The first thing is to rewrite this problem in standard form by introducing slack variables. Since we have three less than inequalities in the above problem, we will introduce three slack variables($S_1,\ S_2,, and\ S_3$) for inequalities to become equations.

Therfore, our problem becomes:

From this equation, we get our initial table as:

This solution is not optimal since there exist negative values in the $z^{th}$ row. So, we need to identify the pivot column, i.e., the column with the most negative value on the $z^{th}$-row. If we do so, the pivot column, also known as the Entering variable, is $y$.

From this column, let us find the pivot value, i.e., the value corresponding to the minimum quotient in the pivot column. Where the quotients are computed as follows:

• $50/1$
• $75/1$
• $90/2$

As we can note from the above quotients, 45 is the minimum of all the questions. Therefore, the pivot value is 2. We need to apply the Gaussian-Jordan Elimination row-reduction technique. This will make the pivot value one while all other elements are above or below zero.

Upon performing these operations, we will get a table similar to the one below:

Since we have negative values in the $z^{th}$ row, this solution is not optimal. Again, we identify the pivot column from the current tableau and repeat all the steps, from identifying the pivot column and the pivot value. Applying the Gaussian Jordan Elimination Method, we make the pivot value a unit value and all other elements in the same column zeros.

We then check if our objective row is optimal (has no negative value). If optimal, we execute the process; otherwise, we continue to find the next pivot column and pivot value until the $Z^th$ row is optimal.

Doing so on the above table, we will end up with the following table:

Where M is given as:

$M=min(5/0.5,30/1.5,45/0.5)=10$

As we can see, there is no negative value in the $Z^{th}$ row, and thus the solution is optimal. This is how the Simplex Algorithm algorithm work.

### Python implementation of the Simplex Algorithm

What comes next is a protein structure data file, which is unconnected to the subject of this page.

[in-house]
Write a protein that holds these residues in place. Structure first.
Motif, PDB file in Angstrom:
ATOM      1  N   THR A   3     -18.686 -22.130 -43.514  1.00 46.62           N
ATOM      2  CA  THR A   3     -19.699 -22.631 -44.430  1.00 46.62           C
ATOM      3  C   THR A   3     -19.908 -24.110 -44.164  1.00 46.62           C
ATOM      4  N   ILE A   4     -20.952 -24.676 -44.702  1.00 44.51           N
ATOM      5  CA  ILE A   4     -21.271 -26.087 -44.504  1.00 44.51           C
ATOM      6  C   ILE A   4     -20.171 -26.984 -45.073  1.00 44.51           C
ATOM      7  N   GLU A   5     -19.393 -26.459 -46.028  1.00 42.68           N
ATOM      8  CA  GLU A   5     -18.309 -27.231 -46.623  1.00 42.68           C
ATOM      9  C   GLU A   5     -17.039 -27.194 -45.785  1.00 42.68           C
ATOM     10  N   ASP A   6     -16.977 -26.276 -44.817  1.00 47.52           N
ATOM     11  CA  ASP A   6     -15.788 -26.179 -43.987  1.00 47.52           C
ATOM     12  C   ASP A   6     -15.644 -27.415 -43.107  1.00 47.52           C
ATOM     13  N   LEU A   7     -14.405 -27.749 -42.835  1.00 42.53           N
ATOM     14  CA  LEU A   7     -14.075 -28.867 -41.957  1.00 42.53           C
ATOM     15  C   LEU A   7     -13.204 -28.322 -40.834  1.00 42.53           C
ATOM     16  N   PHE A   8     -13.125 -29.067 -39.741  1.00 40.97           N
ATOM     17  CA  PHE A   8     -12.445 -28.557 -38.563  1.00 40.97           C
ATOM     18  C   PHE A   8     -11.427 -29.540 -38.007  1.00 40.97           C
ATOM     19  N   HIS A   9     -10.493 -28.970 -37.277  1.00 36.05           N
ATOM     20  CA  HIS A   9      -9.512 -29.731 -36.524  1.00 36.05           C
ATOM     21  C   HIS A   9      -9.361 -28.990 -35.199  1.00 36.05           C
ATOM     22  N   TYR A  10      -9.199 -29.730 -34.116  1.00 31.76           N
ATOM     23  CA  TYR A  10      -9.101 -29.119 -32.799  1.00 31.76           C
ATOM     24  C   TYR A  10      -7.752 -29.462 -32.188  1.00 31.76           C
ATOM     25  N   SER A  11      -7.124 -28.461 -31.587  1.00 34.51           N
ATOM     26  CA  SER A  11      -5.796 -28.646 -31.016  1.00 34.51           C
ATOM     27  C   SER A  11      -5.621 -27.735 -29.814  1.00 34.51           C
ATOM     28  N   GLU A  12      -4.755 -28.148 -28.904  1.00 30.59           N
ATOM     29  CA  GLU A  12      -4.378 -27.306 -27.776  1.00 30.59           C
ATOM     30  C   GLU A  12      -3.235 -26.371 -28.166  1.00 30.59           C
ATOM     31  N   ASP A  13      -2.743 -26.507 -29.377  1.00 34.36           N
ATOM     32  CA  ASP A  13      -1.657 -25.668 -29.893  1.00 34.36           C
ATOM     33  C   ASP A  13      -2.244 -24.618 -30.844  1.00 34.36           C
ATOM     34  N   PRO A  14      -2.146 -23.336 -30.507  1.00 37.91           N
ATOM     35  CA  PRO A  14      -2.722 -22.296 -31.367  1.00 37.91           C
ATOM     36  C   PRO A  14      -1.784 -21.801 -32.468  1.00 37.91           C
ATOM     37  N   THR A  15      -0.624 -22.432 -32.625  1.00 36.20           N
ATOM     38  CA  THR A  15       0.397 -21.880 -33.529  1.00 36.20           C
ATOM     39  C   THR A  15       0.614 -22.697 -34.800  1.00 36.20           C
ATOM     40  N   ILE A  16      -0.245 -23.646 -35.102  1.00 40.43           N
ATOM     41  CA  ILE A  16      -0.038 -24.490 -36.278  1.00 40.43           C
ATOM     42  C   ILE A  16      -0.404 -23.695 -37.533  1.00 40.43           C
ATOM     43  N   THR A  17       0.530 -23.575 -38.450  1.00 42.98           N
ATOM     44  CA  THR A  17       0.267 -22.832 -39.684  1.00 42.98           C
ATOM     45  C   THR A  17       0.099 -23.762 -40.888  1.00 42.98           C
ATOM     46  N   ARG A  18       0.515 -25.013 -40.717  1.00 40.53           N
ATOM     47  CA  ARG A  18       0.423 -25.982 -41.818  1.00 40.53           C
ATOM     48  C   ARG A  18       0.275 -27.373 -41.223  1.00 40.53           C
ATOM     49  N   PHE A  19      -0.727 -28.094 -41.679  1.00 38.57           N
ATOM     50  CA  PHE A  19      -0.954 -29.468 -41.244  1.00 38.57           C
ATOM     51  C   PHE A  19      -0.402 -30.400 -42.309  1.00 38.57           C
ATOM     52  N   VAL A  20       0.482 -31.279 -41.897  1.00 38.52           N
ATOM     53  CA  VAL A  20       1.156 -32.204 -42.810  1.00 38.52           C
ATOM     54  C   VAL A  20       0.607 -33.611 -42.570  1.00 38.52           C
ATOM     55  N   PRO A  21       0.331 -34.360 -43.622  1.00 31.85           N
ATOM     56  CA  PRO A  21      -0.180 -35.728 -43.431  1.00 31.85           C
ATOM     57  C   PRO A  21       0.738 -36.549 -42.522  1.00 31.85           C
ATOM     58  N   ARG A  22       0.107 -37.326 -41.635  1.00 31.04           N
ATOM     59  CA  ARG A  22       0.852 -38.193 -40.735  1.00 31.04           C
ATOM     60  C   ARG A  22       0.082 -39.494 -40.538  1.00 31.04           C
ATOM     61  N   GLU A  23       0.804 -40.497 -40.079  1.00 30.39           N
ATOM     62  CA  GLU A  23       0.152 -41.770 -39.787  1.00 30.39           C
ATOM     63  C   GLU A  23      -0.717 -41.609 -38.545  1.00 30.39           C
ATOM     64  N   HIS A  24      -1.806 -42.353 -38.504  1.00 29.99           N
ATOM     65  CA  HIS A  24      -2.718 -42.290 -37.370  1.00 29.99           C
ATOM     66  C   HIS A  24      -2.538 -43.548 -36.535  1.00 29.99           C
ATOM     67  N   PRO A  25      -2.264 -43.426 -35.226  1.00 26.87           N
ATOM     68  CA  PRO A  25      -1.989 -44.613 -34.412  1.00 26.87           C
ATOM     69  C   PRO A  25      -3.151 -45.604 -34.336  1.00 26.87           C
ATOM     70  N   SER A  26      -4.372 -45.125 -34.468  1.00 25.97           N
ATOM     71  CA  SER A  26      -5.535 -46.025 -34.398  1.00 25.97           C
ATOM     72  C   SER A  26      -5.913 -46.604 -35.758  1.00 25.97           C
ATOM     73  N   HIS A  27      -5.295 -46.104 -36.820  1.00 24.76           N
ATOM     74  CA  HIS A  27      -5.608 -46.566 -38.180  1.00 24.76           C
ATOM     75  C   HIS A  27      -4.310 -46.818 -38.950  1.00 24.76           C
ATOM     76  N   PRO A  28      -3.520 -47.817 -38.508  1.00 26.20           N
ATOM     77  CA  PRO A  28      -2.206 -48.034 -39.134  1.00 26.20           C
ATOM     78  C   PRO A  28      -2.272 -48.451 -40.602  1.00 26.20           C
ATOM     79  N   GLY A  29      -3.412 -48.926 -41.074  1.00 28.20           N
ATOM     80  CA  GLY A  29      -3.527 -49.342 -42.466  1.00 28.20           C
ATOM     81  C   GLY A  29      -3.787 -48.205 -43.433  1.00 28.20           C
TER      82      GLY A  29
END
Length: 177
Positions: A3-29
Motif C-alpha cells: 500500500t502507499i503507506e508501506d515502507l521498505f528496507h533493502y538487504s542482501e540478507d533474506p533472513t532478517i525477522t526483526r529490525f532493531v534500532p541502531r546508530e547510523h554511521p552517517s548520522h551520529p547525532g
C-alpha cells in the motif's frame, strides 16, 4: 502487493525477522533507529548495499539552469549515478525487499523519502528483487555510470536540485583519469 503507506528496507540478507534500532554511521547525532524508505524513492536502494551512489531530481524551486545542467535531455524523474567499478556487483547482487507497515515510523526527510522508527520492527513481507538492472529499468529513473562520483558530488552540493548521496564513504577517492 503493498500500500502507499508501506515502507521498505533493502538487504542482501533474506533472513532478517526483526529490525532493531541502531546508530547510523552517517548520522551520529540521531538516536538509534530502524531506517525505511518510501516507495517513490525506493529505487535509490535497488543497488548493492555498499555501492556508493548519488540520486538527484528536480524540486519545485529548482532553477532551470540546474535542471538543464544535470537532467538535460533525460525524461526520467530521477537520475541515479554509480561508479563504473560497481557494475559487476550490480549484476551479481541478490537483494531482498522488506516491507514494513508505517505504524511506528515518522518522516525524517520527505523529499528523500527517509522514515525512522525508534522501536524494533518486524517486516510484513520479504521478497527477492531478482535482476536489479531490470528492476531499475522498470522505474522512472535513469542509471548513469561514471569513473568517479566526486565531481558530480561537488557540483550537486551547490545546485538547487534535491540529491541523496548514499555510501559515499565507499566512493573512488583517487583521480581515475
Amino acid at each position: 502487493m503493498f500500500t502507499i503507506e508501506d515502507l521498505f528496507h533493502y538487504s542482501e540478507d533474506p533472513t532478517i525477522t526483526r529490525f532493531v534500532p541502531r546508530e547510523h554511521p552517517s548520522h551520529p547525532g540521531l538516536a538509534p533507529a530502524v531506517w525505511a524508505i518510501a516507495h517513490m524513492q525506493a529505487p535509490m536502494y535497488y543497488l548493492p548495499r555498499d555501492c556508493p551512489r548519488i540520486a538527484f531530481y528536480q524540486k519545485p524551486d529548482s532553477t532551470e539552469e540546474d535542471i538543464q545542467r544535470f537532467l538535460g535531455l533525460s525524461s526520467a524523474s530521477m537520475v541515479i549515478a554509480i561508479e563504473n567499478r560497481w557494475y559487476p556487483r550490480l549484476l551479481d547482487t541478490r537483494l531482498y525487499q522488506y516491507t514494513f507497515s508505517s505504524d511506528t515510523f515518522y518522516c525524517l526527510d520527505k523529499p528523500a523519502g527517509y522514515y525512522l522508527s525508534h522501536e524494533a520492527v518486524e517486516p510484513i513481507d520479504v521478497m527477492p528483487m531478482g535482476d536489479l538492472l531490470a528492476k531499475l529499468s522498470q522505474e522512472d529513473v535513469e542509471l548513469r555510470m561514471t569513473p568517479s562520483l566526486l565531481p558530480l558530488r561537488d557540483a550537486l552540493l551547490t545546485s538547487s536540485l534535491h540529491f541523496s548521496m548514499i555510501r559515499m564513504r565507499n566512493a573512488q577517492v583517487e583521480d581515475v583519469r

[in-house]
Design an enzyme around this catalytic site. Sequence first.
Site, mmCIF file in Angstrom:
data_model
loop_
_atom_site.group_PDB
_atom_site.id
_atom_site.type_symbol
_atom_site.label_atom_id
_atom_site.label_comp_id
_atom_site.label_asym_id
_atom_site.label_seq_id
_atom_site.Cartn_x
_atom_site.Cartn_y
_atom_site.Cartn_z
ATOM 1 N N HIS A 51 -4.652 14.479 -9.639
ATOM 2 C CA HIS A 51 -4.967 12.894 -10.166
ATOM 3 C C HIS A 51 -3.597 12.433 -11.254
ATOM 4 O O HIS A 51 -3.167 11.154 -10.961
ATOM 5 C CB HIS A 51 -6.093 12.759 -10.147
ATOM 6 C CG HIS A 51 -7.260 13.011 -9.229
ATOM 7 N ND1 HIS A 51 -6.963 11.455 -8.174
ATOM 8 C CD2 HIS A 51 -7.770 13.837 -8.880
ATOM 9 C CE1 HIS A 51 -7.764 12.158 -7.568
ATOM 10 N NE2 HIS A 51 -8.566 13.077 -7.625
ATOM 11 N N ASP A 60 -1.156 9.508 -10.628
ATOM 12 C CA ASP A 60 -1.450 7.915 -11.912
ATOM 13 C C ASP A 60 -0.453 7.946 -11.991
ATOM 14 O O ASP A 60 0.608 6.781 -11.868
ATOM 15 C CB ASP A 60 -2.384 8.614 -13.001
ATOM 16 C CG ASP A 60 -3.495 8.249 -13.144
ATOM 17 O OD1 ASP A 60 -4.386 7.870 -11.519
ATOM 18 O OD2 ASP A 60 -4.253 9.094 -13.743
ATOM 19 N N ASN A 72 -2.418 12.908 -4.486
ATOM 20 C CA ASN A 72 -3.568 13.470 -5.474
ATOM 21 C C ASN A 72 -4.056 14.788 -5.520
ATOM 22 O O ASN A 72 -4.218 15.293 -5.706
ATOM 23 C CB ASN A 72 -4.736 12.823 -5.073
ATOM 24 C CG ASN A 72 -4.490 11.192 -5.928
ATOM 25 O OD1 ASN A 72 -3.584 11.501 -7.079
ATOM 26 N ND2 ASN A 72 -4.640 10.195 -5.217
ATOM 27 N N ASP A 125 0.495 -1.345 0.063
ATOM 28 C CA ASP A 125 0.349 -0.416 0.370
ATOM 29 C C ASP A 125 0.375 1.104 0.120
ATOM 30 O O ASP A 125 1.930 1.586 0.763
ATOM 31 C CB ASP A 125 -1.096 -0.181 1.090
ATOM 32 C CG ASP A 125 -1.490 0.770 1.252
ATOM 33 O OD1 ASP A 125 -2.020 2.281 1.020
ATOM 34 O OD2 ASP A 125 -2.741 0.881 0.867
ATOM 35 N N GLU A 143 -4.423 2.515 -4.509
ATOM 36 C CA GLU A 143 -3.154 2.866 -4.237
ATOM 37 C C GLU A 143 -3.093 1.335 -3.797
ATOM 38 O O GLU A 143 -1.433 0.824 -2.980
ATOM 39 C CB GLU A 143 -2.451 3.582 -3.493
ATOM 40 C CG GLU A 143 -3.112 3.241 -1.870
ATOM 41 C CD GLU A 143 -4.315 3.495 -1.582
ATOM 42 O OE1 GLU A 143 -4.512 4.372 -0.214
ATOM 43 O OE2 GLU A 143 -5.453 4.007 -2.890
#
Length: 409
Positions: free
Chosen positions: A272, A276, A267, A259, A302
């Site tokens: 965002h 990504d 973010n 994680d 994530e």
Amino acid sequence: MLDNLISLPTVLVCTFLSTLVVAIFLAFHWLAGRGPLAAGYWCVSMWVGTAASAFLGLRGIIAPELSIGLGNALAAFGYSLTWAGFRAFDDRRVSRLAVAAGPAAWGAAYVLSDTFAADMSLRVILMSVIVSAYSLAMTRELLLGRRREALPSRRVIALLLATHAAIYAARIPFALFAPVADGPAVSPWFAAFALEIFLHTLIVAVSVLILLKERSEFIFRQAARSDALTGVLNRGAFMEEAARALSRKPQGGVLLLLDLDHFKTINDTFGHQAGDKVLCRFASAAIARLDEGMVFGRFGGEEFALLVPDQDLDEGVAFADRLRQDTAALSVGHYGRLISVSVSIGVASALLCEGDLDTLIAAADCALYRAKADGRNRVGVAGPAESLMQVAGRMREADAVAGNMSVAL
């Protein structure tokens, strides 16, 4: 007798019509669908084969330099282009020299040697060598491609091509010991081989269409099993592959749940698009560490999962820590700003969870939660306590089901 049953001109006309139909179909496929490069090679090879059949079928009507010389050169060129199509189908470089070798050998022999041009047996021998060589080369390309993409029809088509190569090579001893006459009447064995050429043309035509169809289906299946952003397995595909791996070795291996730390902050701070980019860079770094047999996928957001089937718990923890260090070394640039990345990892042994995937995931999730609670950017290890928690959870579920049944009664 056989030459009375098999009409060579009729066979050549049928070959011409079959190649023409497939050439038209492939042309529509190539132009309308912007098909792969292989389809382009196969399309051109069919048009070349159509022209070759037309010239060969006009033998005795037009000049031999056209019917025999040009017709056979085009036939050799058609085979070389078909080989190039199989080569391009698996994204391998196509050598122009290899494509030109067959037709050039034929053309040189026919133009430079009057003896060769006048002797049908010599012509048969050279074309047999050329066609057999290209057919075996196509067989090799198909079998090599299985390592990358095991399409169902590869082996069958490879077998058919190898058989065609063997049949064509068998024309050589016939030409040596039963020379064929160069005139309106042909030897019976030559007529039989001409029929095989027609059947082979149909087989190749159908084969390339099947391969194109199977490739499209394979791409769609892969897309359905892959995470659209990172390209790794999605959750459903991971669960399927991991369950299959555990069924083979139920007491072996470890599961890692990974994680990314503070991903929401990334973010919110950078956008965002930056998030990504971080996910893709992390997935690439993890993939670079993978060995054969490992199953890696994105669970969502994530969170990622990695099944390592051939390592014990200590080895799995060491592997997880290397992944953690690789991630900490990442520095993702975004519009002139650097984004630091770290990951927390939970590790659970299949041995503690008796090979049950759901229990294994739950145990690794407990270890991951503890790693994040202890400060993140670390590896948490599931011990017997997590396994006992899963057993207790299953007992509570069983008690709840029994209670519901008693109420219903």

We can run the above two examples in Python and see if we get the same output. We will walk through how we created our input arrays from the first problem, and then the second problem will follow.

#### Case 1

### Import the neccessary libraries
import numpy as np
import scipy as sp
# Get matrices
c = [-8, -12, -22]
A = [[17, 27, 34], [12, 21, 15]]
b = [91800, 42000]
# define the upper bound and the lower bound
R = (0, None)
T = (0, None)
M = (0, None)
# Implementing the Simplex Algorithm
from scipy.optimize import linprog
# Solve the problem by Simplex method in Optimization
res = linprog(c, A_ub=A, b_ub=b,  bounds=(R, T, M), method='simplex', options={"disp": True})  # linear programming p[roblem
print(res) # print results


This program returns:

Optimization terminated successfully.
Current function value: -59400.000000
Iterations: 3
con: array([], dtype=float64)
fun: -59400.0
message: 'Optimization terminated successfully.'
nit: 3
slack: array([   0., 1500.])
status: 0
success: True
x: array([   0.,    0., 2700.])


From this output, it is clear that the optimal action is to build 0 touring bikes, 0 racing bikes, and 2700 mountain bikes. If this action is practiced, the company will realize an optimal profit of \$59,400 dollars.

Now, let us proceed and solve the second problem.

The optimization problem was:

From this problem, we can have the following three arrays:

We shall implement these matrices in Python and solve our problem. Below is the Python code which performs these operations.

#### Case 2

### Import the neccessary libraries
import numpy as np
import scipy as sp
# Get matrices
c = [-30, -40]
A = [[1, 1], [4, 2], [50, 100]]
b = [50, 150, 4500]
# define the upper bound and the lower bound
x = (0, None)
y = (0, None)
# Implementing the Simplex Algorithm
from scipy.optimize import linprog
# Solve the problem by Simplex method in Optimization
res = linprog(c, A_ub=A, b_ub=b,  bounds=(x, y), method='simplex', options={"disp": True})  # linear programming p[roblem
print(res) # print results


Executing this program yields:

Optimization terminated successfully.
Current function value: -1900.000000
Iterations: 3
con: array([], dtype=float64)
fun: -1900.0
message: 'Optimization terminated successfully.'
nit: 3
slack: array([ 0., 30.,  0.])
status: 0
success: True
x: array([10., 40.])


In the result, the value of the objective function, i.e., fun, is -1900. This value is computed for the minimization problem. In the case of a maximization problem, we omit the negative sign. Therefore, the solution for our maximization is 1900. Also, from the results, we can see that the value for the x and y that will lead to an optimal solution are 10 and 15, respectively.

The output we obtained from our two implementations above is similar to the respective manual problems we solved before. Thus, the simplex problem was successfully implemented.

### Conclusion

In this tutorial, we have theoretically looked at the simplex method and its implementation in Python. Other than solving the optimization problem itself, we showed you how we wisely deduce the optimization function from the given problem.

Happy coding!

Peer Review Contributions by: Jerim Kaura